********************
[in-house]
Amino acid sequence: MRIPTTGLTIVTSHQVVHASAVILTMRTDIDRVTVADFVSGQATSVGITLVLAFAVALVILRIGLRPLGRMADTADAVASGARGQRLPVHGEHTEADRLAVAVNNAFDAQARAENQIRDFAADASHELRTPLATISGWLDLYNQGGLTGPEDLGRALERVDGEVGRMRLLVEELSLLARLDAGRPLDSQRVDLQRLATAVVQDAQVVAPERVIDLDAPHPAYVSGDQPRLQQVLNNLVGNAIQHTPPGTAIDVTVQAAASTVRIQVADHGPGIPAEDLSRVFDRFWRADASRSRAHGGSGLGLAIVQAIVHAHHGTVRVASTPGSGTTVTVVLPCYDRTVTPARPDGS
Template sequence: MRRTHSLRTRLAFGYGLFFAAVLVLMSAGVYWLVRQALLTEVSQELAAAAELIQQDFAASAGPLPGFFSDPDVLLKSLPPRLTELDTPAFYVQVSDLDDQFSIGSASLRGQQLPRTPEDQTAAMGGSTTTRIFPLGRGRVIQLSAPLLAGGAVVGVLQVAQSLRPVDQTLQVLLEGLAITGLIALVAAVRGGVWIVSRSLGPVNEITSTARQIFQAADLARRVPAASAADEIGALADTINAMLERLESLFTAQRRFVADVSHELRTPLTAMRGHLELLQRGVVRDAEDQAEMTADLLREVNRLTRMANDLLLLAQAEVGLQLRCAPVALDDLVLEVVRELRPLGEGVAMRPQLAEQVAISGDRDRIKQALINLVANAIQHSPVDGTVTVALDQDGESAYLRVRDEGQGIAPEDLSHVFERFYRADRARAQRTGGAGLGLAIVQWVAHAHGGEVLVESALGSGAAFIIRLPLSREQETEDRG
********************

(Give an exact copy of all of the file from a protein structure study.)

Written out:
[in-house]
Amino acid sequence: MRIPTTGLTIVTSHQVVHASAVILTMRTDIDRVTVADFVSGQATSVGITLVLAFAVALVILRIGLRPLGRMADTADAVASGARGQRLPVHGEHTEADRLAVAVNNAFDAQARAENQIRDFAADASHELRTPLATISGWLDLYNQGGLTGPEDLGRALERVDGEVGRMRLLVEELSLLARLDAGRPLDSQRVDLQRLATAVVQDAQVVAPERVIDLDAPHPAYVSGDQPRLQQVLNNLVGNAIQHTPPGTAIDVTVQAAASTVRIQVADHGPGIPAEDLSRVFDRFWRADASRSRAHGGSGLGLAIVQAIVHAHHGTVRVASTPGSGTTVTVVLPCYDRTVTPARPDGS
Template sequence: MRRTHSLRTRLAFGYGLFFAAVLVLMSAGVYWLVRQALLTEVSQELAAAAELIQQDFAASAGPLPGFFSDPDVLLKSLPPRLTELDTPAFYVQVSDLDDQFSIGSASLRGQQLPRTPEDQTAAMGGSTTTRIFPLGRGRVIQLSAPLLAGGAVVGVLQVAQSLRPVDQTLQVLLEGLAITGLIALVAAVRGGVWIVSRSLGPVNEITSTARQIFQAADLARRVPAASAADEIGALADTINAMLERLESLFTAQRRFVADVSHELRTPLTAMRGHLELLQRGVVRDAEDQAEMTADLLREVNRLTRMANDLLLLAQAEVGLQLRCAPVALDDLVLEVVRELRPLGEGVAMRPQLAEQVAISGDRDRIKQALINLVANAIQHSPVDGTVTVALDQDGESAYLRVRDEGQGIAPEDLSHVFERFYRADRARAQRTGGAGLGLAIVQWVAHAHGGEVLVESALGSGAAFIIRLPLSREQETEDRG